PS, who funds you, for the record?

  23. GhostofJimMorrison

    Who’s smashing wages, Wolfey? Please make sense, for once, I beg you!

  24. GhostofJimMorrison

    zzzzzz

  25. GhostofJimMorrison

    Explain, please.

  26. GhostofJimMorrison

    Actually, don’t bother. I’ve just had a quick look at your profile and you have a history of speaking utter drivel and using personal insults and offensive language to others. You will get no more replies from me, ever. Goodbye.

  27. Stephen

    The City functioned when there were exchange controls, which were abolished by Thatcher, I recall. But the point of my question was get to get people to think beyond this monomania about immigration.

  28. Dave Roberts

    No I didn’t. Read what was actually said.

  29. itdoesntaddup

    Governments have been far more downright dishonest on migration data than Migration Watch. Not one of them has attempted to provide a proper explanation for the divergence between NINO data and official IPS/LTIM data – which itself has been subjected to substantial upward historical revision. Of course, although the problem of failing to identify incoming A8 migrants at subsidiary airports (because IPS ignored them) was flagged up no later than 2006, it took until 2009 before anything was actually done about it, and only this year do we finally get some post-hoc attempt to assess the consequences in the migration data. Likewise, we are told that we should ignore students in migration data, because supposedly they’re only here to study. Then the data show that two thirds of them are staying on permanently, legally or otherwise – and of those gaining extensions to stay, few are doing so on the basis of being highly employable, while most are settling on the basis of marriage.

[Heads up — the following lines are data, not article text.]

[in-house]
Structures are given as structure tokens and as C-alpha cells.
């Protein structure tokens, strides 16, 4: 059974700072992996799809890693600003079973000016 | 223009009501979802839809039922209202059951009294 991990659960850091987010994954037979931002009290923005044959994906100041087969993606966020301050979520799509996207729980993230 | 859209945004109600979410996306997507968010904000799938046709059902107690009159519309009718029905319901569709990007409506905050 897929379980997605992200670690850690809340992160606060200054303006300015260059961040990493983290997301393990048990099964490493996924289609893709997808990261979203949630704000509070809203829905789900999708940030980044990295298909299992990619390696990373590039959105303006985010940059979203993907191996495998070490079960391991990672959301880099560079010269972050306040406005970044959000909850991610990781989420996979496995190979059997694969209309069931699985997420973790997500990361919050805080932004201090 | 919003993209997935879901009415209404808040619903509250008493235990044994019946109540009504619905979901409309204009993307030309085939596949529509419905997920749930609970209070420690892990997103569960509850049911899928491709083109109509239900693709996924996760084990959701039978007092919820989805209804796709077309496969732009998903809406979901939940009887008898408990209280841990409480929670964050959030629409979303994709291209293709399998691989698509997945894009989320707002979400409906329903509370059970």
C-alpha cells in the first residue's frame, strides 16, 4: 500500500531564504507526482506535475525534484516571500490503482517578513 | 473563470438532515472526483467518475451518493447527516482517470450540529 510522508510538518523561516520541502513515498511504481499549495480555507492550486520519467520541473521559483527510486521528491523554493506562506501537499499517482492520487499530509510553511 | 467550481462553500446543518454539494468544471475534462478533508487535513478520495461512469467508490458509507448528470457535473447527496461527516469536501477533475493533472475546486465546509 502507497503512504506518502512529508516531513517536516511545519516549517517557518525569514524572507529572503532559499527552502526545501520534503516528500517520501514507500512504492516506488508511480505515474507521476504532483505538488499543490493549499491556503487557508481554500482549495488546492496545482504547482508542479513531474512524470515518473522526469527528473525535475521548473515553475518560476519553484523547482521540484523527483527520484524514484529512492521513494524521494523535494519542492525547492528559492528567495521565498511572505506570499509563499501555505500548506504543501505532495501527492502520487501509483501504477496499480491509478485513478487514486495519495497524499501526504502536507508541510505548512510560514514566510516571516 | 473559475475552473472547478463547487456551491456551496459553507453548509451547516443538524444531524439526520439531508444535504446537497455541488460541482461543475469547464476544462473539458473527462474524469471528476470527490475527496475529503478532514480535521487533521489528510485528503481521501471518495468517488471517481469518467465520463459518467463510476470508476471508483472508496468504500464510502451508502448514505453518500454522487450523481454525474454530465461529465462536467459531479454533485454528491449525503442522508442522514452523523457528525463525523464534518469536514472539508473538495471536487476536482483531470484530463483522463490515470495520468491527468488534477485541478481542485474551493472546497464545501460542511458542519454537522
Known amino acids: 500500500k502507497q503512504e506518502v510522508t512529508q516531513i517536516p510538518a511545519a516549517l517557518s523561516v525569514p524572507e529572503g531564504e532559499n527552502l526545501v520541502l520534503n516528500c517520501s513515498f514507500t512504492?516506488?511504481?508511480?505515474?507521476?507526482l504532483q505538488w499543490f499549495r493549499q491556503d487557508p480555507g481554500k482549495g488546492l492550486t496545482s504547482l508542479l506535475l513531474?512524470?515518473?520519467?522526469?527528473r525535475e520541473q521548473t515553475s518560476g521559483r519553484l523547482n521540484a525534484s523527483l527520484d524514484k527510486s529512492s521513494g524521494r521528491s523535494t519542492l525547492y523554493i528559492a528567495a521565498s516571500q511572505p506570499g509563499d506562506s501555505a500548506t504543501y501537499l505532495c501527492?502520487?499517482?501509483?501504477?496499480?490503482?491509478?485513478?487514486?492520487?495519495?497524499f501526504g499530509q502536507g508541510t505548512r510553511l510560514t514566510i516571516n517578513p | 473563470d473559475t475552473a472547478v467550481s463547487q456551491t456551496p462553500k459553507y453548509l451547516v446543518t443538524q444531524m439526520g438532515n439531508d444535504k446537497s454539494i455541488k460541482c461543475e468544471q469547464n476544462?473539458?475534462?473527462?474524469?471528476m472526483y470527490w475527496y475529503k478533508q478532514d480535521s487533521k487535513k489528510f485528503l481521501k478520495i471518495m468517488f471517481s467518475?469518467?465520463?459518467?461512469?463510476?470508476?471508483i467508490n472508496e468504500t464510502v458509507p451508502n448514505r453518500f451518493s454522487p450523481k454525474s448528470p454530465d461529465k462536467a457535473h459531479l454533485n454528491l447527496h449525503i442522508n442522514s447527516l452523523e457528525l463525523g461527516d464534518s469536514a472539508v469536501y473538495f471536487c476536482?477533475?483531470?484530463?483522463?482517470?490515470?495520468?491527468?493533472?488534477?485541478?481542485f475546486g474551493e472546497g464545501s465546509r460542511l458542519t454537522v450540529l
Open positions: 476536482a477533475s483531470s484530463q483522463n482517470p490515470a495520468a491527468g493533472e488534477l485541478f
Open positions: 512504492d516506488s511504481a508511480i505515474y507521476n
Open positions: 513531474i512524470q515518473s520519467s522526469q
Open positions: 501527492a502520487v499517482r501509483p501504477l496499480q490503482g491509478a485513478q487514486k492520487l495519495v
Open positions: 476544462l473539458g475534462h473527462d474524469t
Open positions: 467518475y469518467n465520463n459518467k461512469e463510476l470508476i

As to the economic benefits of migration, I’d rather rely on Prof Rowthorn than any of the sources cited in this article, most of which do the equivalent of passing off turnover as profit.

  30. Guest

    So he disagrees with you, and you use your usual policy. Except you will insult him, over and over.

  31. Guest

    Exactly, you can’t disagree with anything said, it’s so boringly obvious.

  32. Guest

    So you’re stuck in the past. That’s nice. Today…Frankfurt would be waiting.

  33. Guest

    I’m sure you beg for a lot of things, as you don’t read your own posts.

  34. Guest

    So, you did and you’re a liar. You want to kill workers, and now…

    It’s you, Dave/LB.

  35. Stephen

    This obsession with immigration is simply dwelling in the past, no? Imagining some mythical all English utopia circa 1954. Time to grow up, eh?

  36. Guest

    No surprise you’d prefer one man rather than data, as you accuse people of being worse than your Heros.

    And then you attack Students, who don’t have a 66% (or even within an order of magnitude of that) rate of staying on.

    Your argument is not economic, it’s about your fear.